North Texas kids need mental health support. A new initiative is closing the gaps
This story discusses mental health and data related to suicide. For resources and support, call 988 to reach the Suicide and Crisis Lifeline, or text HOME to 741741 to connect to the Crisis Text Line.
The pediatric mental health initiative launched in 2022 to train primary care doctors to assess anxiety, depression and stress in the kids they treat. Sabrina Browne, an assistant professor of psychiatry at UT Southwestern who also works in the behavioral health program at Children’s Health, headed up the initiative.
“Pediatricians and others in pediatric primary care are in such a great position to have those conversations with families and de-stigmatize mental health,” Browne said. “This is something we want to address as part of your everyday healthcare.”
The catalyst for this pediatric consultation model was in 2020, with the state’s Child Psychiatric Access Network (CPAN). Browne answered questions from doctors all over Texas who were looking for help diagnosing, treating and referring patients to psychiatry and psychology services.
“We had an epidemic in children’s mental health before the pandemic, but once the pandemic hit, it just really opened up the floodgates,” Browne said. “There’s just not enough child psychiatrists out there.”
Lack of mental health care services in Texas
The nonprofit Mental Health America ranks Texas among the 11 states in the country where youth have higher rates of mental health issues and less access to care.
According to data from the federal Health Resources & Services Administration, more than 130 of Texas’ 254 counties are designated as mental health professional shortage areas. That means people in more than 50% of Texas counties may not be able to find a mental health care provider when they need it.
And Browne said mental health issues have been building for kids since 2020. According to reports from the U.S. Centers for Disease Control and Prevention, emergency department visits “increased for self-harm, drug poisoning, and psychosocial concerns” for kids ages 5-17 throughout the pandemic, in comparison to 2019.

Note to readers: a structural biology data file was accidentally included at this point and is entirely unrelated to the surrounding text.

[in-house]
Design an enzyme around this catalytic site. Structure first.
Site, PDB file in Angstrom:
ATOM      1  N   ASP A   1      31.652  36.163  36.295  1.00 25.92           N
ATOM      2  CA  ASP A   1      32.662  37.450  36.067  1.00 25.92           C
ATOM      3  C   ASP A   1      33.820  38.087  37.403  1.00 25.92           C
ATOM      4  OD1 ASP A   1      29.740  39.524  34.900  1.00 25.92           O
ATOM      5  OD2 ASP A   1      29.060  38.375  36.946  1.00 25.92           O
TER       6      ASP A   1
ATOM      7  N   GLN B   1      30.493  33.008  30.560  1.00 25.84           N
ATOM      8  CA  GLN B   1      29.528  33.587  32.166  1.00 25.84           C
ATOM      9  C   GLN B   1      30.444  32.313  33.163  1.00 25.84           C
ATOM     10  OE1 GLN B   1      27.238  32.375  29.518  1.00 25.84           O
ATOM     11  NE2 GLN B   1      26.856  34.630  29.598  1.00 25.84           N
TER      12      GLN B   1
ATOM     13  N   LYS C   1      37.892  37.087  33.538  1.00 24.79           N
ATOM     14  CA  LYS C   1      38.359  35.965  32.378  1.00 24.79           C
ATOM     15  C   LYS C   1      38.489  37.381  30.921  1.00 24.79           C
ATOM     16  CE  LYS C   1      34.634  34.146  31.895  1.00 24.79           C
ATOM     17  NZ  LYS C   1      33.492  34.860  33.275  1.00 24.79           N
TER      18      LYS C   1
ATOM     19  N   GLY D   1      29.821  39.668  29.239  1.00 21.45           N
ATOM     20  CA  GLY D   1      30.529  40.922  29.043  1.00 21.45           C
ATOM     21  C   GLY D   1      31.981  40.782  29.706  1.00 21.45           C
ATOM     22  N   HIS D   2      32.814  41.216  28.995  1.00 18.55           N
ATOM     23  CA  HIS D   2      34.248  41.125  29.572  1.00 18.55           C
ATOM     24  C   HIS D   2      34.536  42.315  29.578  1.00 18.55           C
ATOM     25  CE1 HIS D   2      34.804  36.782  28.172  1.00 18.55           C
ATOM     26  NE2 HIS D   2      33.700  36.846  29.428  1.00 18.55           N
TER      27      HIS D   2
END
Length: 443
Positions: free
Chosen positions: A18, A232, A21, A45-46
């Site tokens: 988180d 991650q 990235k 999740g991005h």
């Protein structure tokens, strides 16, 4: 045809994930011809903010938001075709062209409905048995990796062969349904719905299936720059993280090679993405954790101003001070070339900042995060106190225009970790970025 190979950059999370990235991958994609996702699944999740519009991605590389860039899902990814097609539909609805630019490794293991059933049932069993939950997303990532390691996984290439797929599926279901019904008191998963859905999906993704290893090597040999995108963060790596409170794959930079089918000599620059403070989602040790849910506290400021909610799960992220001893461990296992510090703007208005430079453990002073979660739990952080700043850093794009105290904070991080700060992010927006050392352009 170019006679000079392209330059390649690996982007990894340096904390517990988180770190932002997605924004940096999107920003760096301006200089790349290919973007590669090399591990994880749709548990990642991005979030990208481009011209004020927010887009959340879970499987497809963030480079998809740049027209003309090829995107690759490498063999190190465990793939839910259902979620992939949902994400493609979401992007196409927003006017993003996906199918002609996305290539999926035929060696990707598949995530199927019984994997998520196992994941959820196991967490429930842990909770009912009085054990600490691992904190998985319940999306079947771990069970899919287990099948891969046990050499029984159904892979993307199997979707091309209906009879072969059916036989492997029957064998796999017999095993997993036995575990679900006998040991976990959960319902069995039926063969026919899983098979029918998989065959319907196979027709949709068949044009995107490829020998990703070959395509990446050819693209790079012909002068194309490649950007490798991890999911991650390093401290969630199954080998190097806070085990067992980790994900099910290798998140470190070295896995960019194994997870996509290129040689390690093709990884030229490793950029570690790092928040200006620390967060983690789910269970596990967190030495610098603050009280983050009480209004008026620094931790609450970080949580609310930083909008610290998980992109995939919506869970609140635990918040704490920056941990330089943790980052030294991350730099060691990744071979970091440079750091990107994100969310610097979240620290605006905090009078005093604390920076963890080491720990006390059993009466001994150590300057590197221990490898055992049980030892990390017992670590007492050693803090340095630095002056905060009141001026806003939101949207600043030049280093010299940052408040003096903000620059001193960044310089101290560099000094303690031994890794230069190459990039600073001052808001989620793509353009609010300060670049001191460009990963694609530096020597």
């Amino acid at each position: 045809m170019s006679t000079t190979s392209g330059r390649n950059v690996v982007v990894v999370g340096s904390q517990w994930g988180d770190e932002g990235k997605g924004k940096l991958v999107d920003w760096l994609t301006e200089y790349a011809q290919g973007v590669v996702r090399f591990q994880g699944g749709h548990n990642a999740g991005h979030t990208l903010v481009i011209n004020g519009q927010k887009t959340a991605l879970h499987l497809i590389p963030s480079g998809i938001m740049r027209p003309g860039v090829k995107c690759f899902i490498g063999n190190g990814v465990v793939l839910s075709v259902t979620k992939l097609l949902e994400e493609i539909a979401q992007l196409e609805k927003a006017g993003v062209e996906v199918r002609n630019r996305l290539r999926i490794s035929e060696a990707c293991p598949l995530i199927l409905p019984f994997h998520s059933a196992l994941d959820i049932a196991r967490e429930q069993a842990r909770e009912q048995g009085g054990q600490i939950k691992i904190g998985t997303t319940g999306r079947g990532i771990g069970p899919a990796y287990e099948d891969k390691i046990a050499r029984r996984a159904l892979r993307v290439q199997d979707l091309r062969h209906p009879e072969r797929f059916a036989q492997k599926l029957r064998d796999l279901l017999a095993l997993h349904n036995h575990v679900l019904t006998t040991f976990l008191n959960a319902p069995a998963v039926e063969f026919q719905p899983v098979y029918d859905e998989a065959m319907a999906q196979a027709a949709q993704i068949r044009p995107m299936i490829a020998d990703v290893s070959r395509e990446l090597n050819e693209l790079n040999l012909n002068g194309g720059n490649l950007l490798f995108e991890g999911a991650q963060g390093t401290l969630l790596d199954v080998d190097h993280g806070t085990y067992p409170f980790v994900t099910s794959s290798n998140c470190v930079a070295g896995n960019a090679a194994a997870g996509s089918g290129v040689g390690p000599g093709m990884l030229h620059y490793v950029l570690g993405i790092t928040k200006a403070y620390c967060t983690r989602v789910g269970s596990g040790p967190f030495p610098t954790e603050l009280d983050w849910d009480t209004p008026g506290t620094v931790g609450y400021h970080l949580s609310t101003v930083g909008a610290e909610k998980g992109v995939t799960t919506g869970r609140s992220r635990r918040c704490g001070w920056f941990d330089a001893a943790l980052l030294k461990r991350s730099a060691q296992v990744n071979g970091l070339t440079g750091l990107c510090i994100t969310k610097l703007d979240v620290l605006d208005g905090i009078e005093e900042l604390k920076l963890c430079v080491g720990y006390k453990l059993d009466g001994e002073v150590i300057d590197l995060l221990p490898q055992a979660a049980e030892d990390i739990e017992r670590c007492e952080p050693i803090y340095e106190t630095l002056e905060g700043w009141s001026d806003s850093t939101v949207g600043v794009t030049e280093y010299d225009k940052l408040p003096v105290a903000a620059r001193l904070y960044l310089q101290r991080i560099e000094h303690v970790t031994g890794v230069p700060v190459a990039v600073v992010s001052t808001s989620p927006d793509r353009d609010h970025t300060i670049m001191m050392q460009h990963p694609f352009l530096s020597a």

Teen girls were especially impacted: They had emergency visits for suicide attempts 50% more in 2021 than in the same time period in 2019.
Over the past year, Browne and her colleague, Children’s Health pediatrician Mia Best, have trained 75 health professionals in Dallas-Fort Worth through online modules and in-person case study discussions.
“One of my passions and main goals with this initiative is bringing mental health back into the idea of overall health and wellbeing,” Browne said. “We’ve done a disservice in trying to separate out physical from mental health, because the two are so intertwined.”
Best said she knows how overwhelmed pediatricians can get, and how important it is to carve out a space for learning, growth and community-building.
“We’re really talking about children’s lives and their emotions,” Best said. “We also are going through things ourselves as providers. It’s really hard because we put our heart and soul into treating these kids and making sure their lives are better. When sometimes it doesn’t go as planned, how are we coping with that?”
Best said integrating care helps providers, patients, and patient’s families, especially when treating issues of generational trauma and social determinants of health.
Both she and Browne are recruiting more health providers to participate in the initiative, which runs quarterly, and hope to expand the program beyond Dallas-Fort Worth in the coming years.
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